Honoring our Veterans

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Jessica Allen Pauses for a moment to remember all the veterans who have sacrificed for her freedom.  Photo by Melinda Lundgreen

Jessica Allen Pauses for a moment to remember all the veterans who have sacrificed for her freedom. Photo by Melinda Lundgreen

Veterans Day is celebrated in the United States on November 11th which is the day that WWI ended in 1918. The purpose of the holiday is to celebrate and commemorate the effort and sacrifice of those that have served in the armed forces.

President Woodrow Wilson declared in 1919 “To us in America, the reflections of Armistice Day [Veterans Day] will be filled with solemn pride in the heroism of those who died in the country’s service and with gratitude for the victory, both because of the thing from which it has freed us and because of the opportunity it has given America to show her sympathy with peace and justice in the councils of the nations…”

Veterans Day, previously known as Armistice Day, was instituted to commemorate the armistice reached at the end of WWI on the 11th day at the 11th hour in the 11th month of 1918. In 1954 President Eisenhower changed the name to Veterans Day at the request of veterans service organizations to be more inclusive of all veterans, including those of the Korean war and WWII.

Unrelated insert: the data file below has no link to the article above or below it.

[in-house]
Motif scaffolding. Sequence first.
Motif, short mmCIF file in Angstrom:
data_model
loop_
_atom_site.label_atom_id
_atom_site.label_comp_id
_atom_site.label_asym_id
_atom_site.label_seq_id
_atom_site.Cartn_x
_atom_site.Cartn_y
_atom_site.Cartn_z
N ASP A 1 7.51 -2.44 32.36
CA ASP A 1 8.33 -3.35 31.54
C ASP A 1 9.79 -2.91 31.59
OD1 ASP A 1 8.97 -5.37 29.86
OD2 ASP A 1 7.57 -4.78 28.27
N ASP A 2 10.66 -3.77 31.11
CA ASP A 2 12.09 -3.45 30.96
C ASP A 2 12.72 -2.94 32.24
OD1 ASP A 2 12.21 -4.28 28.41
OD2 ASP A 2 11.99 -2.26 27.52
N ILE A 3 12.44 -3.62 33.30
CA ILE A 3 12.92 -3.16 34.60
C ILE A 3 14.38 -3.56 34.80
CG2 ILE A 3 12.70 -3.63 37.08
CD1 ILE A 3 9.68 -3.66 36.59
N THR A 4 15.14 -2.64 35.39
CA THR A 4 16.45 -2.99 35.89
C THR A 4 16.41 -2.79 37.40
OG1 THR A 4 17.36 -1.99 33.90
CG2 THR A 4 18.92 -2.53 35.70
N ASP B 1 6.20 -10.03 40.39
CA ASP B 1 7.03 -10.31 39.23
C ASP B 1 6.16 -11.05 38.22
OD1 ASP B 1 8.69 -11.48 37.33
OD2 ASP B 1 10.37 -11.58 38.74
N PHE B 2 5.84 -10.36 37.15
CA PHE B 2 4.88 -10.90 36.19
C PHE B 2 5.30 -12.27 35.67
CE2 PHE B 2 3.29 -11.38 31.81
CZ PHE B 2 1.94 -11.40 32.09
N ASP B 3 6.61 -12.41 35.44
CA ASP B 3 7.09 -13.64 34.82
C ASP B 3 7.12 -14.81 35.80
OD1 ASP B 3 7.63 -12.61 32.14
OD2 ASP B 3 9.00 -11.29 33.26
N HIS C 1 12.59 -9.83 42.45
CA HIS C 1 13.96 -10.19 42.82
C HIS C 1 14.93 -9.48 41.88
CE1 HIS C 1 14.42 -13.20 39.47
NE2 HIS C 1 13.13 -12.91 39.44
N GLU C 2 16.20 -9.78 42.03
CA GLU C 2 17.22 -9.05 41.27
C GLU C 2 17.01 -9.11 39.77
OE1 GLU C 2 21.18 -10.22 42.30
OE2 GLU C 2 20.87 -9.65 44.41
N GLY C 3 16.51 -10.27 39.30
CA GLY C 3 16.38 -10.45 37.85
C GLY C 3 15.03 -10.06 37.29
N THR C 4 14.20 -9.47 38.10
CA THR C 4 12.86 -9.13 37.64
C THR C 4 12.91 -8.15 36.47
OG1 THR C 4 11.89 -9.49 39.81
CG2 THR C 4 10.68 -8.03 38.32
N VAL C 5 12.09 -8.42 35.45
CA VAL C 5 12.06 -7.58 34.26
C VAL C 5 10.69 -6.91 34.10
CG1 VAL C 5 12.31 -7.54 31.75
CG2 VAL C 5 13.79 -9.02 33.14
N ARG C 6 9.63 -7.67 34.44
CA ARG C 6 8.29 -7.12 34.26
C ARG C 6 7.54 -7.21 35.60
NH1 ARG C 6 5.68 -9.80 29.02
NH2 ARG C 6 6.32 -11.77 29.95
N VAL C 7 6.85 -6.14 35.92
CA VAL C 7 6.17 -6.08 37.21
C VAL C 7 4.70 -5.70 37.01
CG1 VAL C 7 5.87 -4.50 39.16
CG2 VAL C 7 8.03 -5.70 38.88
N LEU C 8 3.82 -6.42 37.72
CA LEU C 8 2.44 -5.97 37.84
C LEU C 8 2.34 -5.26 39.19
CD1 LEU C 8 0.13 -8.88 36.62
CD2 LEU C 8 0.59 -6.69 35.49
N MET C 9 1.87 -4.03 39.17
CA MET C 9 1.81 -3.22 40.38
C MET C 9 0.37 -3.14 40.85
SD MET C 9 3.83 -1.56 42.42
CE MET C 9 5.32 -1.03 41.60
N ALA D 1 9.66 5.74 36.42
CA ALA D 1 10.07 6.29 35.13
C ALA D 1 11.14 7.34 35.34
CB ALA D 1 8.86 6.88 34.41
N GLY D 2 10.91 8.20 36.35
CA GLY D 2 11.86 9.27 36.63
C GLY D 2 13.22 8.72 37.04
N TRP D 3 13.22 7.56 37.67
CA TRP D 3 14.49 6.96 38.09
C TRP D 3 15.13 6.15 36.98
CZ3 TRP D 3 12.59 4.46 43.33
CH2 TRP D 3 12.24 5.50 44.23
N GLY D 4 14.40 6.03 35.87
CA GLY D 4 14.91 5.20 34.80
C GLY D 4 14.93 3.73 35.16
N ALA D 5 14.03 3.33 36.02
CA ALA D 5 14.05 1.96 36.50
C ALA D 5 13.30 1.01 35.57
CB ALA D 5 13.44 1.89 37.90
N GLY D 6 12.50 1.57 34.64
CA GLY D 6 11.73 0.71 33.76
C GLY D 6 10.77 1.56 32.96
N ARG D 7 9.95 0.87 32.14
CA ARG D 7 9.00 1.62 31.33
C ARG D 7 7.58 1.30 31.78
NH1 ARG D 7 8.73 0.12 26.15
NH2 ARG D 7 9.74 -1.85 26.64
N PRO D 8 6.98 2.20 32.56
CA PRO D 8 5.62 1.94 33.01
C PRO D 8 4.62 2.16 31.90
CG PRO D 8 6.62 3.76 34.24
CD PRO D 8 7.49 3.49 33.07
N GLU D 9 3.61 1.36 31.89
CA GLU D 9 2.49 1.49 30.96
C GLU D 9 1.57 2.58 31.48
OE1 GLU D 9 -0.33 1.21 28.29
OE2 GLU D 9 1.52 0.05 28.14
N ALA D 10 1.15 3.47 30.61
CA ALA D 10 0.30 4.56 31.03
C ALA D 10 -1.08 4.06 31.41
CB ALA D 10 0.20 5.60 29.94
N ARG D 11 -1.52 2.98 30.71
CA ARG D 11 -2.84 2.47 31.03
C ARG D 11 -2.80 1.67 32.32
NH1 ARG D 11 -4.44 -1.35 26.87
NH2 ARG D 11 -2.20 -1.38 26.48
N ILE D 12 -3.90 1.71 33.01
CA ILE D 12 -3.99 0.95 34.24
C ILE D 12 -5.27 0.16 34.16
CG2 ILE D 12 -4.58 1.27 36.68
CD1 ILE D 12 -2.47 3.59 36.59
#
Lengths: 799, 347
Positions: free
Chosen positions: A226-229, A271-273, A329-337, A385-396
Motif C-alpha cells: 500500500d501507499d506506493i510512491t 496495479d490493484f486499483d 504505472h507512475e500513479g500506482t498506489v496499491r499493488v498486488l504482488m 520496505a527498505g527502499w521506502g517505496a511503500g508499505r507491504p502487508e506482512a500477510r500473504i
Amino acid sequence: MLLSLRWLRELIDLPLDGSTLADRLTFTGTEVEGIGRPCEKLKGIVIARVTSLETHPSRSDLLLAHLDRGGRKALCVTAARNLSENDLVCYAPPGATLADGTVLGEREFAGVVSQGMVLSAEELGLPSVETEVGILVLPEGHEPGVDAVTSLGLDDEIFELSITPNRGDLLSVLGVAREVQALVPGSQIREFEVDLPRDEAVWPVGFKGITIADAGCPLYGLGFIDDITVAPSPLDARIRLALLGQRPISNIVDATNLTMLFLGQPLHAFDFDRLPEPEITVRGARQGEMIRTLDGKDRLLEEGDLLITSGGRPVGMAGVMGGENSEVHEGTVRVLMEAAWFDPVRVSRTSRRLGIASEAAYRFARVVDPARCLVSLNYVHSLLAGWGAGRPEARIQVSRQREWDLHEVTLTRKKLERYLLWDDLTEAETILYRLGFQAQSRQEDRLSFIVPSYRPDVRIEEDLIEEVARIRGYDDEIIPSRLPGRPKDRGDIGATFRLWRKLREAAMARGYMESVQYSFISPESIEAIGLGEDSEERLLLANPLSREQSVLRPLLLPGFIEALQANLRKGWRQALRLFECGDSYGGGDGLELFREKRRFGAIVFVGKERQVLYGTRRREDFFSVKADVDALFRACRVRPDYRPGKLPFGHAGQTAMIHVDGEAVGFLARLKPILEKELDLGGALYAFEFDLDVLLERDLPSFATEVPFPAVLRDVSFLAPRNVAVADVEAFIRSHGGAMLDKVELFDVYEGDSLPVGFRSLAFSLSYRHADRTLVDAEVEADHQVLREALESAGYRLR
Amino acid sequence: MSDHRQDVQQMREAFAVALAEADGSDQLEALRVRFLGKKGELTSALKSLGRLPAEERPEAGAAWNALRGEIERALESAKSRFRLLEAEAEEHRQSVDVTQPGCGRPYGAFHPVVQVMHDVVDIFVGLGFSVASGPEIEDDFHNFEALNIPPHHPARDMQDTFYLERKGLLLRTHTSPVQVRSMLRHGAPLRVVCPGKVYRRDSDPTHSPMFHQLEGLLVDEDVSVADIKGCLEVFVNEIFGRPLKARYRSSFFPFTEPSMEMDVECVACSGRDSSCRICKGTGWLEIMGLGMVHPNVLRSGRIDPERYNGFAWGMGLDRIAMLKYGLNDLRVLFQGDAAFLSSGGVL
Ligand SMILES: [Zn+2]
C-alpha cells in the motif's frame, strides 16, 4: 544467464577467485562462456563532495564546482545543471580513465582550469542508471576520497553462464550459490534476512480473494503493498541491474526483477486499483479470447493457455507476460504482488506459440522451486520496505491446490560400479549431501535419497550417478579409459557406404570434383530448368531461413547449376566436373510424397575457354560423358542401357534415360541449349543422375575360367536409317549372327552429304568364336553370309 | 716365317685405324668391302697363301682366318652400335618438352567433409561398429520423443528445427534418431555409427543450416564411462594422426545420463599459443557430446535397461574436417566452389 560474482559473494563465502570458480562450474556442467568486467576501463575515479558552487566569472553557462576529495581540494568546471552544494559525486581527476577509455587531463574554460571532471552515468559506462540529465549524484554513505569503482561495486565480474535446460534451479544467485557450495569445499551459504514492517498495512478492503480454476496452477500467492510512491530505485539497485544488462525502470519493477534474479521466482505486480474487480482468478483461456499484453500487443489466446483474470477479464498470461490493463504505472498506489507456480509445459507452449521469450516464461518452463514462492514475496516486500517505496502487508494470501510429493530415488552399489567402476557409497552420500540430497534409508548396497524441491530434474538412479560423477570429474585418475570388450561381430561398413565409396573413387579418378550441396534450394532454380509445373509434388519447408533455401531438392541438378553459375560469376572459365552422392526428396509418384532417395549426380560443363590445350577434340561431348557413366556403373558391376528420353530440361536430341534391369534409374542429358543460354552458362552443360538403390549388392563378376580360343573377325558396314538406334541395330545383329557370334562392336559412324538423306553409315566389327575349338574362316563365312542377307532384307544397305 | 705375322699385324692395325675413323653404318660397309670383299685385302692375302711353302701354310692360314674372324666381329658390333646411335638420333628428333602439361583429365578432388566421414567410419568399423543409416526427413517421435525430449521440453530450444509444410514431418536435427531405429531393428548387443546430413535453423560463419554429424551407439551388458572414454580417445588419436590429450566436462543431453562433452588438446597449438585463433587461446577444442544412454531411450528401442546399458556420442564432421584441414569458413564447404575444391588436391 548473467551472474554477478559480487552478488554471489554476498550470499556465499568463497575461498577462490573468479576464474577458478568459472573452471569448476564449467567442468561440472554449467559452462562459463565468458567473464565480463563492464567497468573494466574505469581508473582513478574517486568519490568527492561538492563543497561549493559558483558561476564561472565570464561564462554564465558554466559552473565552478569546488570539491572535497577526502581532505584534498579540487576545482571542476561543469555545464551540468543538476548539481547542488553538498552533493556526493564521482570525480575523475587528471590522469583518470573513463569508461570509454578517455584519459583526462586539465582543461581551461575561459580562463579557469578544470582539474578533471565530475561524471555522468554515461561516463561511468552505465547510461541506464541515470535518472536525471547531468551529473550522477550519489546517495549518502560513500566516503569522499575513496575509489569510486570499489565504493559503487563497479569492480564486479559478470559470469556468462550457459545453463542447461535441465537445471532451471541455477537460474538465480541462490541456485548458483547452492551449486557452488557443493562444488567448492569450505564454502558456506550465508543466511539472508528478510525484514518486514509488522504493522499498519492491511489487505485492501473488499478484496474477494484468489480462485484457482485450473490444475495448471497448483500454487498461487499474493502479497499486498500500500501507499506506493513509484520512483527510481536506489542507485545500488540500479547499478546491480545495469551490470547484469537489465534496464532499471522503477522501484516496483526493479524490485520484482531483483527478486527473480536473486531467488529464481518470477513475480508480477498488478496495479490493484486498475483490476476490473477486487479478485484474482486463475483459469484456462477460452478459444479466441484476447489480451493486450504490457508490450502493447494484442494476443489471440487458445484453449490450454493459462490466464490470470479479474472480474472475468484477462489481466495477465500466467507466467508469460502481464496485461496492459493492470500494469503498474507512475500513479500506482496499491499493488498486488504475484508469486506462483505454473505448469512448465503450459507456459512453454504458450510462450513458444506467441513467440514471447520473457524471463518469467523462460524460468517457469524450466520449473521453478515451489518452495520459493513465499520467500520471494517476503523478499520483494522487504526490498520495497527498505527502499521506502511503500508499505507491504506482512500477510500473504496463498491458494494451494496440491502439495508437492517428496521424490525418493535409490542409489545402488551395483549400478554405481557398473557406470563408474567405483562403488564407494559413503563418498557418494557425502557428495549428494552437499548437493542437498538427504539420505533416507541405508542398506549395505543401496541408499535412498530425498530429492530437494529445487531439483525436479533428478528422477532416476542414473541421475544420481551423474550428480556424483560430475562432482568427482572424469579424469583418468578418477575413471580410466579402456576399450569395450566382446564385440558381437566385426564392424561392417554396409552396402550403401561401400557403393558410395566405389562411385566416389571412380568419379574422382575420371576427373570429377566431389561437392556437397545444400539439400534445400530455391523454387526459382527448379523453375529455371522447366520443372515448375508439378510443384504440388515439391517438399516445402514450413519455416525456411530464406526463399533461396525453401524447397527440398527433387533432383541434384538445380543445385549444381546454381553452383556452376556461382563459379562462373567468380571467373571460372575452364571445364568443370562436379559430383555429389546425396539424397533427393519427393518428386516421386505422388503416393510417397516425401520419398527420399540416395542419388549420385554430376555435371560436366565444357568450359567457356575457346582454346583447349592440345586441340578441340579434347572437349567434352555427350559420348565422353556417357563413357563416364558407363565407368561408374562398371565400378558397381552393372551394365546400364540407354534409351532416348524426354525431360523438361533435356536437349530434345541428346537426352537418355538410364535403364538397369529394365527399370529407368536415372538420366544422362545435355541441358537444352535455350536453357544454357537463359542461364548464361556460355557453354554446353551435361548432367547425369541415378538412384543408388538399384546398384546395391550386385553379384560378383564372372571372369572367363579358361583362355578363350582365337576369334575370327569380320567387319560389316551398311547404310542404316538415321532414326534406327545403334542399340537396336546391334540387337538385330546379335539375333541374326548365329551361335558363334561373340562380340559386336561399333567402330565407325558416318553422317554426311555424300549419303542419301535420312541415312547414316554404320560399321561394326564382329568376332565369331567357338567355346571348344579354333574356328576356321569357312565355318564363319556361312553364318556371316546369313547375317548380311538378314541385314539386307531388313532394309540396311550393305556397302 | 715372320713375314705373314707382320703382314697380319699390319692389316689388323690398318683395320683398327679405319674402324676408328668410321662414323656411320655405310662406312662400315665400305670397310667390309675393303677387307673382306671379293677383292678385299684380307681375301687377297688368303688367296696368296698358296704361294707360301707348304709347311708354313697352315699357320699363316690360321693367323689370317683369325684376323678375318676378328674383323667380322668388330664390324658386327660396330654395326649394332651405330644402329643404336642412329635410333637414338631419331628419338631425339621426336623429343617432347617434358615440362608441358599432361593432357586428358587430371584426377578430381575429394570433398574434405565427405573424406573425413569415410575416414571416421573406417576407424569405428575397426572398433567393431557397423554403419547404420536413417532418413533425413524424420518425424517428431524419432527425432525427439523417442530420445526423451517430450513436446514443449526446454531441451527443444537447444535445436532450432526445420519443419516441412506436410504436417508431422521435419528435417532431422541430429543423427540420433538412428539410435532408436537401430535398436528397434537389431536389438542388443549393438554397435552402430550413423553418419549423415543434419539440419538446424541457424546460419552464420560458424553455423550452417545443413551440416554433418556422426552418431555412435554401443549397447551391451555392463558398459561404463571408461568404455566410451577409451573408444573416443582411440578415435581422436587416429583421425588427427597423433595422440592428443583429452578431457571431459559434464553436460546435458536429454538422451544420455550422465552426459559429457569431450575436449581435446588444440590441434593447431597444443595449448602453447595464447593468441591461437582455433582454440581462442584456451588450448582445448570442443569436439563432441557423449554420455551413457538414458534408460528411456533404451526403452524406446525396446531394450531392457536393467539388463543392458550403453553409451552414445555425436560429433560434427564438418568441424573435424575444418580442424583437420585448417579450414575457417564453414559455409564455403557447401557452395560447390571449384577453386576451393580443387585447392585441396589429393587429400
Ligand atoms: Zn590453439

The U.S. Department of Veterans Affairs website explains that the difference between Veterans Day and Memorial Day is that Memorial Day is meant to memorialize those who died in the nation’s service, particularly those who died in battles. Veterans day, on the other hand, is to honor and express gratitude to all “who have served honorably in the military — in wartime or peace” and is often used as a way to show appreciation for living veterans.

In 1968 the holiday was changed to the fourth Monday in October in accordance with the Uniform Holiday Bill. According to the U.S. Department of Veterans Affairs website the purpose of this was to create another three day weekend to “encourage travel, recreation, and cultural activities and stimulate greater industrial and commercial production.”

Many states did not agree with the change and continued to celebrate Veterans Day on November 11th. In 1975 the federal government passed a bill changing Veterans Day back to the original day of November 11th. The bill took effect in 1978.

There are 21.2 million military veterans living in the United States as of 2012. Nearly half of them are over 65.

Some ways to get involved helping veterans are to send a care package or letter, help a veteran share their story with the Library of Congress’ Veterans History Project, or simply say thank you.

Check out operationgratitude.com for more information on sending letters or care packages, and loc.gov/vets for more information on helping a veteran share their story.

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